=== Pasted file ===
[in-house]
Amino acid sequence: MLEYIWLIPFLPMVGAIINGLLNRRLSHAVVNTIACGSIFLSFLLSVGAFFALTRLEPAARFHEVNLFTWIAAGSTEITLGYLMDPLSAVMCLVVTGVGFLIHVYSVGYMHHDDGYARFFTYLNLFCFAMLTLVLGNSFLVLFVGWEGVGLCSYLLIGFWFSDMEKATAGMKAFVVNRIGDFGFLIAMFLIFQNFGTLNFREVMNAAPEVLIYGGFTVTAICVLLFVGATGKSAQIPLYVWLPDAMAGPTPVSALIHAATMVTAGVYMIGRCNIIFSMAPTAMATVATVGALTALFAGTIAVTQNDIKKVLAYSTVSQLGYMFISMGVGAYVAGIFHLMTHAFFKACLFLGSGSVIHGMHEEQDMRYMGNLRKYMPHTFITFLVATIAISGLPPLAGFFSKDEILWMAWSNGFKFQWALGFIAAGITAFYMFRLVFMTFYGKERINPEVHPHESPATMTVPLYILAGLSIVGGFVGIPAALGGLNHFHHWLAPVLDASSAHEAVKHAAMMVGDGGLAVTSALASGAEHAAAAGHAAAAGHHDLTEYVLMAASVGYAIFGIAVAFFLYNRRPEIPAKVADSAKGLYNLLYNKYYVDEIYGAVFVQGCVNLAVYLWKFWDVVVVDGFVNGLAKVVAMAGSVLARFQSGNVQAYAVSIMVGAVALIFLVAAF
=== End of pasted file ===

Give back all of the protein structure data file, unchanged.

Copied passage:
[in-house]
Amino acid sequence: MLEYIWLIPFLPMVGAIINGLLNRRLSHAVVNTIACGSIFLSFLLSVGAFFALTRLEPAARFHEVNLFTWIAAGSTEITLGYLMDPLSAVMCLVVTGVGFLIHVYSVGYMHHDDGYARFFTYLNLFCFAMLTLVLGNSFLVLFVGWEGVGLCSYLLIGFWFSDMEKATAGMKAFVVNRIGDFGFLIAMFLIFQNFGTLNFREVMNAAPEVLIYGGFTVTAICVLLFVGATGKSAQIPLYVWLPDAMAGPTPVSALIHAATMVTAGVYMIGRCNIIFSMAPTAMATVATVGALTALFAGTIAVTQNDIKKVLAYSTVSQLGYMFISMGVGAYVAGIFHLMTHAFFKACLFLGSGSVIHGMHEEQDMRYMGNLRKYMPHTFITFLVATIAISGLPPLAGFFSKDEILWMAWSNGFKFQWALGFIAAGITAFYMFRLVFMTFYGKERINPEVHPHESPATMTVPLYILAGLSIVGGFVGIPAALGGLNHFHHWLAPVLDASSAHEAVKHAAMMVGDGGLAVTSALASGAEHAAAAGHAAAAGHHDLTEYVLMAASVGYAIFGIAVAFFLYNRRPEIPAKVADSAKGLYNLLYNKYYVDEIYGAVFVQGCVNLAVYLWKFWDVVVVDGFVNGLAKVVAMAGSVLARFQSGNVQAYAVSIMVGAVALIFLVAAF